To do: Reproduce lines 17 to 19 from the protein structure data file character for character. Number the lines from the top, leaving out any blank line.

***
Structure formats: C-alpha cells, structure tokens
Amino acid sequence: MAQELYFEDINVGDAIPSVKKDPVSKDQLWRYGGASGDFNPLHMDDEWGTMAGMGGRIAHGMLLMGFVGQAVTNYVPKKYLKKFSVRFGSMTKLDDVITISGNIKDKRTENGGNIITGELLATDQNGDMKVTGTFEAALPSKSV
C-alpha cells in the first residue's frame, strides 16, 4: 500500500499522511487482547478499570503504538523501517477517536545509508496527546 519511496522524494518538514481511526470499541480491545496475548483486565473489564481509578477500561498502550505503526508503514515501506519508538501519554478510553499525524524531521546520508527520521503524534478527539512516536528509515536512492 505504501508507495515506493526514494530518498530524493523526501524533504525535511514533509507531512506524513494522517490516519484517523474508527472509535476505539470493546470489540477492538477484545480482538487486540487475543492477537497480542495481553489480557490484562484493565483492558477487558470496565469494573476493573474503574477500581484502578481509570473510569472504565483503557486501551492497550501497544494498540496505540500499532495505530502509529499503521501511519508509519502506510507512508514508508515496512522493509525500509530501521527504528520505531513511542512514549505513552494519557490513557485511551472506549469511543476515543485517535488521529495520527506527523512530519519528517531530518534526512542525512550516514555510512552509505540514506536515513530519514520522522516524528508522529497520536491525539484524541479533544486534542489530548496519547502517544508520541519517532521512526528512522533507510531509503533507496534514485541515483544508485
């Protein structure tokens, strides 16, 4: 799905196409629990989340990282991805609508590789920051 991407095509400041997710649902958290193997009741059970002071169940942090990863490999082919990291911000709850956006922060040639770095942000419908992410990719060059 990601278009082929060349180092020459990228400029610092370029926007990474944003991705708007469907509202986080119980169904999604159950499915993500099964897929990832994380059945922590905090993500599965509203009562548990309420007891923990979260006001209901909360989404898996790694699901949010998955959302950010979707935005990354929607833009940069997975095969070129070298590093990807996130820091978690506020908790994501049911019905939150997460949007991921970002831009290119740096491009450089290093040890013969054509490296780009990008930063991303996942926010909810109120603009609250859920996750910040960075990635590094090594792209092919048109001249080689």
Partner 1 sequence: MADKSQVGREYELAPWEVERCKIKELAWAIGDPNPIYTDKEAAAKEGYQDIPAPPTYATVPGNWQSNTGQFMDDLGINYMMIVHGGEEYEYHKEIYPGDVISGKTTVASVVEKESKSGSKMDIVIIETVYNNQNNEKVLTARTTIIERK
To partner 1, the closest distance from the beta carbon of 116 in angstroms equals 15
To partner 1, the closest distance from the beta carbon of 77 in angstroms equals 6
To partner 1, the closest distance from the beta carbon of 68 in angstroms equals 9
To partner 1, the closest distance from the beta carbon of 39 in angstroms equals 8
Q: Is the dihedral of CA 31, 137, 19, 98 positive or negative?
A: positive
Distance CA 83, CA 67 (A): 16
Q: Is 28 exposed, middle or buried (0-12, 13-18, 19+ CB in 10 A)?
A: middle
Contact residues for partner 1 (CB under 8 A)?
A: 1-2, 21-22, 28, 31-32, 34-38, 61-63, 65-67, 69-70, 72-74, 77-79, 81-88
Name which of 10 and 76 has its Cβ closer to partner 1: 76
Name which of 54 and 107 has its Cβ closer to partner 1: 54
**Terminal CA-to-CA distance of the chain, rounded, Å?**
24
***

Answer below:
Name which of 10 and 76 has its Cβ closer to partner 1: 76
Name which of 54 and 107 has its Cβ closer to partner 1: 54
**Terminal CA-to-CA distance of the chain, rounded, Å?**